Tuesday, December 29, 2009

Star Wars Opera

An opera set in space, it was a traditional hero story about good versus evil, human relationships and the choices we make that alter the fate of the universe. You don’t need to be in a land far, far away to rehash these elemental themes that have endured on this planet.

Beyond the special effects and the puppets, the technology and Princess Leia’s anti-gravitational braids, these are the reasons George Lucas, creator of “Star Wars,” was able to connect with the audience. He patterned his movies on an operatic structure. The emotions and basic, yet powerful, relationships which are present in “Star Wars” are based on themes that opera has been exploring and perfecting for centuries, sanctified in the “color” of an artists’ voice. Even the score by composer John Williams, whom Lucas worked with, was heavily influenced by arguably the greatest opera composer the world has seen: Richard Wagner. However, instead of a libretto with spectacular vocal performances, Lucas’ focus was spectacular special effects. An opera very often involves a simple story line - relationships that center around basic emotions like love, hate, fidelity and jealousy. Choices are made - for better or worse - and someone inevitably ends up fighting for a cause when all certainty has failed and the odds are against any chance of victory. Because these stories reflect the basic human conditions we all struggle with, the audience latches on immediately.

Then comes the performance. Belted out at top form, these same emotions resonate with any audience. While special effects on a screen certainly carries a “wow” effect, the air around an opera singer buzzes with a kinetic power that affects the audience in a way that is unique, and touches the soul in the way no other art form can. Not even the surround sound in the most high-tech movie theatre can match that. The power of the opera experience will stay with the audience long after the lights come up. However, we all know the average person would rather sit through Star Wars for the 30th time than go to an opera.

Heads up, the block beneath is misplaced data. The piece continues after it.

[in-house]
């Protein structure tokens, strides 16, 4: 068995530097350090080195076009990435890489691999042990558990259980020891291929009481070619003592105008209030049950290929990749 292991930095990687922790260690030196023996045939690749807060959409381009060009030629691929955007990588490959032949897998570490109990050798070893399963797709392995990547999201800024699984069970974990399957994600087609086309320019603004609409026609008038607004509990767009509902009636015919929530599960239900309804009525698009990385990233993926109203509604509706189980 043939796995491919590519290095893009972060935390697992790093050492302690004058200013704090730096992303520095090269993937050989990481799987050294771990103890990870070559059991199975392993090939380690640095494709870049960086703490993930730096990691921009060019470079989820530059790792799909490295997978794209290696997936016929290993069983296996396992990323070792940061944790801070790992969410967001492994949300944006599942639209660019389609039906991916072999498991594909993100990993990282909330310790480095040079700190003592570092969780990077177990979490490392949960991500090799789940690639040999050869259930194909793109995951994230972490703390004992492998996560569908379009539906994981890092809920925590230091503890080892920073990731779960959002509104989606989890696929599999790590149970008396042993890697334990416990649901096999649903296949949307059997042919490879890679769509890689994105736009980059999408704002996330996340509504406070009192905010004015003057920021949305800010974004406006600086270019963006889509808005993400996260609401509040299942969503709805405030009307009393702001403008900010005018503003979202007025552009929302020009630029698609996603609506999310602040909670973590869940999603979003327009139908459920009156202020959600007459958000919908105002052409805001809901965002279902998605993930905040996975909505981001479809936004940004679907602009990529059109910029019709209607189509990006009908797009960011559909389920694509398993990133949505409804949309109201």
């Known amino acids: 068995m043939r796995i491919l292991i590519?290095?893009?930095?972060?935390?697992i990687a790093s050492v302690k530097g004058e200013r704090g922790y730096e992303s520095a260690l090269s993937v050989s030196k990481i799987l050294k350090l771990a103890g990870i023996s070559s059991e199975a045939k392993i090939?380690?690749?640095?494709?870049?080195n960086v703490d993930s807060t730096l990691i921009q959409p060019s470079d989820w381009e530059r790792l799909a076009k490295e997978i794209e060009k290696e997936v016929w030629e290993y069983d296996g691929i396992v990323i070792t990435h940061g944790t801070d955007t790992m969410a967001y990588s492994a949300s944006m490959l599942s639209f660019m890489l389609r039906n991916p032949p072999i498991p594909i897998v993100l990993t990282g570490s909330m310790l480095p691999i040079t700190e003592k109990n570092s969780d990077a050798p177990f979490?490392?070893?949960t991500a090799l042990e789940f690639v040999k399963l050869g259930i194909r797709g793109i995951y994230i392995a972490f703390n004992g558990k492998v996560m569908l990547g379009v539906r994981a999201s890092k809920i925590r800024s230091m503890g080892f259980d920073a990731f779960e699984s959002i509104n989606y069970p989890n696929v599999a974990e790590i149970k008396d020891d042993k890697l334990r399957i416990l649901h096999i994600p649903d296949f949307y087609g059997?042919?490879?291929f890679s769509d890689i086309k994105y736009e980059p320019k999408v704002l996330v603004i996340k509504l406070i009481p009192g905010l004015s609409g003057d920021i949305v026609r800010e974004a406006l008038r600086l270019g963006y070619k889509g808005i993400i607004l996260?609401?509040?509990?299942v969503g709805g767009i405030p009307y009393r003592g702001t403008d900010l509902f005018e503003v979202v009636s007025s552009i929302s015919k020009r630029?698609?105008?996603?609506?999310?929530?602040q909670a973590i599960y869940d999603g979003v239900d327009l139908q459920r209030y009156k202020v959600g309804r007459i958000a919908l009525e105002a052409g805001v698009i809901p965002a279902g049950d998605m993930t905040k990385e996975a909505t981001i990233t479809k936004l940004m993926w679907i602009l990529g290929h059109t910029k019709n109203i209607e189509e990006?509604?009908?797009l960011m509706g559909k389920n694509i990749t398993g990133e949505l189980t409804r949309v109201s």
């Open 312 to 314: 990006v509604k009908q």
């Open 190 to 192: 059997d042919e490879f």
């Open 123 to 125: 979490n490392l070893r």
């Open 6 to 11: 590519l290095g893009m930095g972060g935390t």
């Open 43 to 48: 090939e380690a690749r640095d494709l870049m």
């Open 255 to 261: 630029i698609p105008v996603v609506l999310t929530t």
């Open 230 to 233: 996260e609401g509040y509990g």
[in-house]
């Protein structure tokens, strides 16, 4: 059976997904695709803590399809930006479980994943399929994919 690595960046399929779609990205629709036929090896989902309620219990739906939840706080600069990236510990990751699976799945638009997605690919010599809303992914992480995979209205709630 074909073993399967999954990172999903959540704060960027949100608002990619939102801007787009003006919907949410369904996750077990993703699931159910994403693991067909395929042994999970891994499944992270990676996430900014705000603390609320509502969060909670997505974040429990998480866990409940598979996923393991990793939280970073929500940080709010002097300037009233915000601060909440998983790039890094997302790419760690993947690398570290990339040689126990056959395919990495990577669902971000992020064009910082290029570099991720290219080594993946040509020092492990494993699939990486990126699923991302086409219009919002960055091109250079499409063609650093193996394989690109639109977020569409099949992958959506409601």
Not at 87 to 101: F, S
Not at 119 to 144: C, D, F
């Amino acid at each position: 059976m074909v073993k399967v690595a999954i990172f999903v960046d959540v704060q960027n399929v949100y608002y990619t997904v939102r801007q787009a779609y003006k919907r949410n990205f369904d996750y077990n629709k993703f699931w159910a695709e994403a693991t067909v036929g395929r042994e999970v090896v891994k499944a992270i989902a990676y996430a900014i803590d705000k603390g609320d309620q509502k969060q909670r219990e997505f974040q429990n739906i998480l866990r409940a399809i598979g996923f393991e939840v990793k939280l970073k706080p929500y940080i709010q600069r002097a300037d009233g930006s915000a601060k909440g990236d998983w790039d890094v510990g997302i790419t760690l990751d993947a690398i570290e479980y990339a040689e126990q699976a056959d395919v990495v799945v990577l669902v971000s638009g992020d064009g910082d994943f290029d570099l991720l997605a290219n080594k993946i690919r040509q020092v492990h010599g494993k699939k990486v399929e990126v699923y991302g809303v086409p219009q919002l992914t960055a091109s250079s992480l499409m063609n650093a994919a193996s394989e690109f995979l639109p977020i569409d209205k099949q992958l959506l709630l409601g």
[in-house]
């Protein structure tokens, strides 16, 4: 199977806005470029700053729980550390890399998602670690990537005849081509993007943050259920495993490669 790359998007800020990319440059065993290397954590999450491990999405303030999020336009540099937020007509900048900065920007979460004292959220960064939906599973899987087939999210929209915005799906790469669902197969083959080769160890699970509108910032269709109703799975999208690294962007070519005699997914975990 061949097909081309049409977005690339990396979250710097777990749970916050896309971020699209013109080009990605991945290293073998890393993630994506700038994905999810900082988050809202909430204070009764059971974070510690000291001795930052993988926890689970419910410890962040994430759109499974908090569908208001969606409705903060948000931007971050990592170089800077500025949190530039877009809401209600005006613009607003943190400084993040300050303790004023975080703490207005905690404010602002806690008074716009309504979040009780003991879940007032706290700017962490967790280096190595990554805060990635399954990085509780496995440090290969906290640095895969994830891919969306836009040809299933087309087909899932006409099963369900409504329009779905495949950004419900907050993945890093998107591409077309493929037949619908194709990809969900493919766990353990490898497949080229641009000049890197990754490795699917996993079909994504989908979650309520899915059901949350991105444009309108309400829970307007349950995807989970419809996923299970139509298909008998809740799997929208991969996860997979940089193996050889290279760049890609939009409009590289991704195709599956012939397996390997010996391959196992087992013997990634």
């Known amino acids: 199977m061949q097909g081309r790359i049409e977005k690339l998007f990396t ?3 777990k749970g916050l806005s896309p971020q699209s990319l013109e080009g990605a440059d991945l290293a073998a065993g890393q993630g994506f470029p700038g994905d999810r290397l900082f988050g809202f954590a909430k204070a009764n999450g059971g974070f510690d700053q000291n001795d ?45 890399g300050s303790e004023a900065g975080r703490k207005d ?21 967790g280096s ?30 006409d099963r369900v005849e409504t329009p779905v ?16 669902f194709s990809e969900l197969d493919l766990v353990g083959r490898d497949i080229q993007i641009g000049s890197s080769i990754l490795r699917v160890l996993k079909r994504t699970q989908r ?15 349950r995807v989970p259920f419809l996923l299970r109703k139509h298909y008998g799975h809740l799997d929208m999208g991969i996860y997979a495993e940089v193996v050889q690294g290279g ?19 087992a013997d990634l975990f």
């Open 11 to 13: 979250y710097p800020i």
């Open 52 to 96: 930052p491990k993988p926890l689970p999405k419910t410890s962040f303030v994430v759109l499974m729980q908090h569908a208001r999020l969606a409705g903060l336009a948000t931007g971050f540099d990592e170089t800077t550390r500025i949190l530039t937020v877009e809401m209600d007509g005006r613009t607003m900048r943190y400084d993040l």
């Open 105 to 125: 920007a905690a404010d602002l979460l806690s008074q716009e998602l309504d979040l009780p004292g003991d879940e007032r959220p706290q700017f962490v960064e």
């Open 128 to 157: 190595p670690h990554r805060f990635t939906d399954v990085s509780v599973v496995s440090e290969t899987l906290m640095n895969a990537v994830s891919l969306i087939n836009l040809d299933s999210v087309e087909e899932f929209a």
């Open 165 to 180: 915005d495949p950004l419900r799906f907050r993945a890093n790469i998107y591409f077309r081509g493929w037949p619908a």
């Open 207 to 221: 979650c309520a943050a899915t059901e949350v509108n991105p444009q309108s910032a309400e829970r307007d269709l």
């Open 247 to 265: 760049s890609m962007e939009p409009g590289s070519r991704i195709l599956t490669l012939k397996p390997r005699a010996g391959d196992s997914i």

So why “Star Wars” and not opera? Well, Star Wars is cool. It is easy to watch, take in and it is very entertaining. I am not going to try and tell you that watching an opera is easy. They don’t even allow popcorn in most concert halls. A good friend told me this week that it isn’t so much that she is against going to an opera. She isn’t afraid of the opera experience. The fact is, she says, she is too impatient to sit through one. I appreciate her honesty. These days most of us are either too impatient or too tired to endure much of anything over 120 minutes long.

At Fresco, we realize that many people who are interested in opera lead hectic lives, with hellish job schedules, kid schedules, pet schedules, etc. We live in complex times and because of that we need quality down-time now more than ever. Movies are good. We feel opera is better. We are planning productions designed to give the audience a little window into the awesomeness of opera without taking up your entire afternoon. We also want to be able to produce a performance that stays with you long after the lights come up, dare we say, a performance that can connect with the audience more than mere celluloid. We won’t compromise the music or the art form. On the other hand, you won’t be required to have advanced proficiency in five languages just to enjoy a Fresco production.

If you have never experienced live opera, I would encourage you to mark March 5th on your
calendar. “Dueling Divas” will be an experience for seasoned pros and music novices alike. It’s going to be at the Overture Center, with the best regional opera talent squaring off in a contest unlike anything you have seen - perhaps similar to the experience of seeing “Star Wars” for the first time? Just to let you know, we are already campaigning to allow popcorn at the performance...

1 comment:

  1. If the Dueling Divas are as hot as Princess Leia in Return of the Jedi, I'm there dude!